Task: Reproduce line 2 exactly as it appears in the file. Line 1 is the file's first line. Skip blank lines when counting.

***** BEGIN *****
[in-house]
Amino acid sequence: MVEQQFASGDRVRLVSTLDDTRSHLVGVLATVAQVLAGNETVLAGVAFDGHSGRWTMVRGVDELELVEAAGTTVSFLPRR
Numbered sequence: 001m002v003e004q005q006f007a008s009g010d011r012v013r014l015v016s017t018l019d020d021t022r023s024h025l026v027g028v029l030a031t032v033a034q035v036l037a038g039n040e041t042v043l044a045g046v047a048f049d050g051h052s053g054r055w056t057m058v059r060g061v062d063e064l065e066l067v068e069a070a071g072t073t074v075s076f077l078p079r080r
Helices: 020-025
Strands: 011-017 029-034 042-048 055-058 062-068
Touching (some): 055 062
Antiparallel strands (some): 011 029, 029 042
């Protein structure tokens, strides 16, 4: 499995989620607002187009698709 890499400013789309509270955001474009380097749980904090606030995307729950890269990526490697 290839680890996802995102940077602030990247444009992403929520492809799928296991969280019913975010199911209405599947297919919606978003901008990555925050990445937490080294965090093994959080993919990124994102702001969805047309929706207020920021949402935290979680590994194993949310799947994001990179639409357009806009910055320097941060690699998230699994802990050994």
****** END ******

Amino acid sequence: MVEQQFASGDRVRLVSTLDDTRSHLVGVLATVAQVLAGNETVLAGVAFDGHSGRWTMVRGVDELELVEAAGTTVSFLPRR